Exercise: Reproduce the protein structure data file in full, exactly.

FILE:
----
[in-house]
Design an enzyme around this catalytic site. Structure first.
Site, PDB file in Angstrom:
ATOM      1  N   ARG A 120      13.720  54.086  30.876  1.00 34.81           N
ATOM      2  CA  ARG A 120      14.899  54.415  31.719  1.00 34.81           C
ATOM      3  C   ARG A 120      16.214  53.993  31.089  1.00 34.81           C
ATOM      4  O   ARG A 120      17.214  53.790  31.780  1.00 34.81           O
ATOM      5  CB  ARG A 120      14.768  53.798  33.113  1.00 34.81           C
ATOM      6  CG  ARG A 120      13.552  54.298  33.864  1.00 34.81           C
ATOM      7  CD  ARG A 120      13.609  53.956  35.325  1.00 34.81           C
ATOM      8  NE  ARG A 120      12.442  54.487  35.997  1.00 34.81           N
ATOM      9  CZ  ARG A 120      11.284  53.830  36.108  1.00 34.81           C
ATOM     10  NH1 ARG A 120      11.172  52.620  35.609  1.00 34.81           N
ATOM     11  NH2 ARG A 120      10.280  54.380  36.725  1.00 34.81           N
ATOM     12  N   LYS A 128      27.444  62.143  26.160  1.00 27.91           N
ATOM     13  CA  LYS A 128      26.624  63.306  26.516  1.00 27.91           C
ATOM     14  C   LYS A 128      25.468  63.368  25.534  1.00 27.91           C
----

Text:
[in-house]
Design an enzyme around this catalytic site. Structure first.
Site, PDB file in Angstrom:
ATOM      1  N   ARG A 120      13.720  54.086  30.876  1.00 34.81           N
ATOM      2  CA  ARG A 120      14.899  54.415  31.719  1.00 34.81           C
ATOM      3  C   ARG A 120      16.214  53.993  31.089  1.00 34.81           C
ATOM      4  O   ARG A 120      17.214  53.790  31.780  1.00 34.81           O
ATOM      5  CB  ARG A 120      14.768  53.798  33.113  1.00 34.81           C
ATOM      6  CG  ARG A 120      13.552  54.298  33.864  1.00 34.81           C
ATOM      7  CD  ARG A 120      13.609  53.956  35.325  1.00 34.81           C
ATOM      8  NE  ARG A 120      12.442  54.487  35.997  1.00 34.81           N
ATOM      9  CZ  ARG A 120      11.284  53.830  36.108  1.00 34.81           C
ATOM     10  NH1 ARG A 120      11.172  52.620  35.609  1.00 34.81           N
ATOM     11  NH2 ARG A 120      10.280  54.380  36.725  1.00 34.81           N
ATOM     12  N   LYS A 128      27.444  62.143  26.160  1.00 27.91           N
ATOM     13  CA  LYS A 128      26.624  63.306  26.516  1.00 27.91           C
ATOM     14  C   LYS A 128      25.468  63.368  25.534  1.00 27.91           C